Specialty rear differentials sometimes use aluminum gearsets to help distribute the forces between the rear wheels. These need to be inspected and possibly replaced as often as necessary to insure that there will not be a failure. Consult the manufacturer to obtain a proper maintenance schedule for your product.
The solution might be to use a rearend cooler if you race for more than 35 or 40 laps. Break apart the rearend and check the tension on the springs often to prevent a failure. The manufacturer can tell you the designed rate of these springs and how often to replace them.
4.Ignition Wire Problems
The carburetor throttle linkage...
The carburetor throttle linkage stop should not be used for a pedal stop. Install a stop behind the throttle pedal inside the foot box to limit the amount of pedal travel making sure that when the pedal is fully compressed that the throttle butterfly valve is wide open and not past inline with the throat.
On initial installation, many teams will wire the ignition so that the leads from the box to the distributor will be crossed. On some models of ignition boxes and distributors, similar color wires are not intended to be mated. This is not a racing problem because you will never get the motor to fire properly anyway.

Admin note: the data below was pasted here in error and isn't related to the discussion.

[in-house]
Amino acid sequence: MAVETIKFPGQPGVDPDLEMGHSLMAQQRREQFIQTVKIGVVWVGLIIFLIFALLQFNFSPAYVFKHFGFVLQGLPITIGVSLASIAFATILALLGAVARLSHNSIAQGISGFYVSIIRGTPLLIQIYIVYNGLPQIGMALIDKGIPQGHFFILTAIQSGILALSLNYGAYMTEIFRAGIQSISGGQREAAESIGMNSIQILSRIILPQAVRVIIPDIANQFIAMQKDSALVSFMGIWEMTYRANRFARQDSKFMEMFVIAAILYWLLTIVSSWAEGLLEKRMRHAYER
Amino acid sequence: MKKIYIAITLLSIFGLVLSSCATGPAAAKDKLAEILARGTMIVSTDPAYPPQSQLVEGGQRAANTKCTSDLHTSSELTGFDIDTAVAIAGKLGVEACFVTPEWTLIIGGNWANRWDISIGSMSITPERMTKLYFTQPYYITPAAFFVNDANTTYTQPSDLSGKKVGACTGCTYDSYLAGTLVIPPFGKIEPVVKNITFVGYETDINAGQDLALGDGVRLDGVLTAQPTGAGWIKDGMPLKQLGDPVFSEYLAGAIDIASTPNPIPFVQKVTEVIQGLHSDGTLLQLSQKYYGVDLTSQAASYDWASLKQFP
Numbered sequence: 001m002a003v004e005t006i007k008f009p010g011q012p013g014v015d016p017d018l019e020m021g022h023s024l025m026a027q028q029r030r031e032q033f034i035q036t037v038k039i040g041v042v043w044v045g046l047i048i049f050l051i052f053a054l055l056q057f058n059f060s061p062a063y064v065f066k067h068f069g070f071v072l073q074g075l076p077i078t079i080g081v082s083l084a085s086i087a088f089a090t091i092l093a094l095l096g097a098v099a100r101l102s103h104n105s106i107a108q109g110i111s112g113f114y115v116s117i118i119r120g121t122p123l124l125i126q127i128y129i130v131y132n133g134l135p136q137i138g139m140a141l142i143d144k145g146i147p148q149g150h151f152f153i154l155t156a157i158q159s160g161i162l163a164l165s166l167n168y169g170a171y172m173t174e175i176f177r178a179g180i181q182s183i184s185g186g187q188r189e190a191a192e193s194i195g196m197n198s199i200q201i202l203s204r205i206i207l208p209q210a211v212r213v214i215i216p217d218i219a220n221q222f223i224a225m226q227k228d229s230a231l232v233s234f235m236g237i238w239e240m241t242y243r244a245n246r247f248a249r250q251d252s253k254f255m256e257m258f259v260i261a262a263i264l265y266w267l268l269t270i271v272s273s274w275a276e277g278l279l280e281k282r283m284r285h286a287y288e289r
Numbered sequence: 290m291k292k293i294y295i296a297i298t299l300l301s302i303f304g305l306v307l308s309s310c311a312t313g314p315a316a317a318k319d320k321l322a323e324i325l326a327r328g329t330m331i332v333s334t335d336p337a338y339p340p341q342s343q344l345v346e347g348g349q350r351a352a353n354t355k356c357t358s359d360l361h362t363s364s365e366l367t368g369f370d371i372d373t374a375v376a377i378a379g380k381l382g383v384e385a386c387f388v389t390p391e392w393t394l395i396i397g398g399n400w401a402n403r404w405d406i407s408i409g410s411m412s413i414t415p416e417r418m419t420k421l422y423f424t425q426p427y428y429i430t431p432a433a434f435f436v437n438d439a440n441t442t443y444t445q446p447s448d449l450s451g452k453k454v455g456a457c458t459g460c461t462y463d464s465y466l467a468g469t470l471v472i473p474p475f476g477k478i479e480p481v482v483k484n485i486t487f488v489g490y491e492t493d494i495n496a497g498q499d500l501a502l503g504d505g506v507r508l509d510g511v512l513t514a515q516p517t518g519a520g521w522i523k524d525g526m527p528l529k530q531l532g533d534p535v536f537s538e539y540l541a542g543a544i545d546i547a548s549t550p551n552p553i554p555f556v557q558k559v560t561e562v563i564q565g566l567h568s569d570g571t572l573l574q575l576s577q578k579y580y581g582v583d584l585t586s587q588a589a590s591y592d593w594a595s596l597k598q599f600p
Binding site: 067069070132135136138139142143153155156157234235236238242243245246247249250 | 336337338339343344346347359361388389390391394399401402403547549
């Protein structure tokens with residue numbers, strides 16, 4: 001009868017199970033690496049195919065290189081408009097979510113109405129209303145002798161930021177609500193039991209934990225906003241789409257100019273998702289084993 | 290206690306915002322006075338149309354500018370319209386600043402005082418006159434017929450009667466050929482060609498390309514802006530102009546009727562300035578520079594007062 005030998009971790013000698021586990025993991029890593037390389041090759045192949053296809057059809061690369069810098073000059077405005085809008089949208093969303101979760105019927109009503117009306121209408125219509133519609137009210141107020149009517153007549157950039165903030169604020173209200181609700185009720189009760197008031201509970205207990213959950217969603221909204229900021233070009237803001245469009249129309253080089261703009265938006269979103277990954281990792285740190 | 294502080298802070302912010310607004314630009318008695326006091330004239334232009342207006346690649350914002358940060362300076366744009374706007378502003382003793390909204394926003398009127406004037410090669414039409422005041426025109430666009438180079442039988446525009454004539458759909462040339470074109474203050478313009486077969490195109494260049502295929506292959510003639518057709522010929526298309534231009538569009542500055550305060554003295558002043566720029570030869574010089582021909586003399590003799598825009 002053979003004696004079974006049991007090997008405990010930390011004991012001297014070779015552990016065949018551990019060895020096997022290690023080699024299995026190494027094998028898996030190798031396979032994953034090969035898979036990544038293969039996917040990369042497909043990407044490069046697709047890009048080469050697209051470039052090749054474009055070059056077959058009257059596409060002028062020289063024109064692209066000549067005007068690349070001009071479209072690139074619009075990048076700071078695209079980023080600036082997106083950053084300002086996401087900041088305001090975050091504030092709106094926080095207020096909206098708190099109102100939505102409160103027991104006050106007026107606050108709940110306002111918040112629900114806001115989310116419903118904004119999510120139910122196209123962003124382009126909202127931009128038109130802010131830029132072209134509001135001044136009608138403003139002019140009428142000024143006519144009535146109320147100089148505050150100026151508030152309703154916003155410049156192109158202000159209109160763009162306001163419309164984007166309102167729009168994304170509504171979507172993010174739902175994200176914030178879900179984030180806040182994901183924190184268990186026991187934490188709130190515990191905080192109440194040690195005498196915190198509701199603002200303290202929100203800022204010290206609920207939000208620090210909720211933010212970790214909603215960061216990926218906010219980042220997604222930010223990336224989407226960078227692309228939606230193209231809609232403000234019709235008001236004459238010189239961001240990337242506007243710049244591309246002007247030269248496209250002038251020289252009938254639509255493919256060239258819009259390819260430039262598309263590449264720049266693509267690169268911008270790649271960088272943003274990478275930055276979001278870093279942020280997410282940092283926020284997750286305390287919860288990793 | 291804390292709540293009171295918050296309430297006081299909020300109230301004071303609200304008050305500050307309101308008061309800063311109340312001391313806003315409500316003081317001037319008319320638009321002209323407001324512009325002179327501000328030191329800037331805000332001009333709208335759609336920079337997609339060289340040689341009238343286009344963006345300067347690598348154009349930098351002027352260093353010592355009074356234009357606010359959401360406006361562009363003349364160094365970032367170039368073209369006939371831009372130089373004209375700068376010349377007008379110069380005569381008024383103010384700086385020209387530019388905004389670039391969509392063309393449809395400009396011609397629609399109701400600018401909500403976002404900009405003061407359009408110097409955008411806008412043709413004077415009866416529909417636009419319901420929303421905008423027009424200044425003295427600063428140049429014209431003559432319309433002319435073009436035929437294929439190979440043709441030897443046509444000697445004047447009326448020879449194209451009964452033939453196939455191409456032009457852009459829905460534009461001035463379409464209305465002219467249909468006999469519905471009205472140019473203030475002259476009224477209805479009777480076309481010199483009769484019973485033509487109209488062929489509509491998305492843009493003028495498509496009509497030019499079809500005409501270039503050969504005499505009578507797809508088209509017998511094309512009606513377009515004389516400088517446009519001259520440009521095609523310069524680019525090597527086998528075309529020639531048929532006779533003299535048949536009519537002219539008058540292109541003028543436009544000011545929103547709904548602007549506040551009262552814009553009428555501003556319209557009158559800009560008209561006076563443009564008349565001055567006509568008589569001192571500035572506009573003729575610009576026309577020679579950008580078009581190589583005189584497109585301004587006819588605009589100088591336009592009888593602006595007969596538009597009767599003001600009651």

Follow the instructions on both the distributor and ignition box so that the proper wires will be joined. Additional problems may arise from the way you connect the wires. Always use heavy-duty quality connections to reduce the chance they will break from all of the vibration that race cars produce. Solder the connections and use heat shrink on all joints. A little time and effort spent here can save a loss of ignition down the track.
5. Belt Alignment Problems-Pulleys
How many times have you seen or heard of a team experiencing loss of oil pressure or cooling due to a broken or thrown engine belt. Most of these occurrences can be traced right back to a misalignment in the pulley system. The belts always seem to come off during the race and not in practice when it could be easily fixed. Why is that?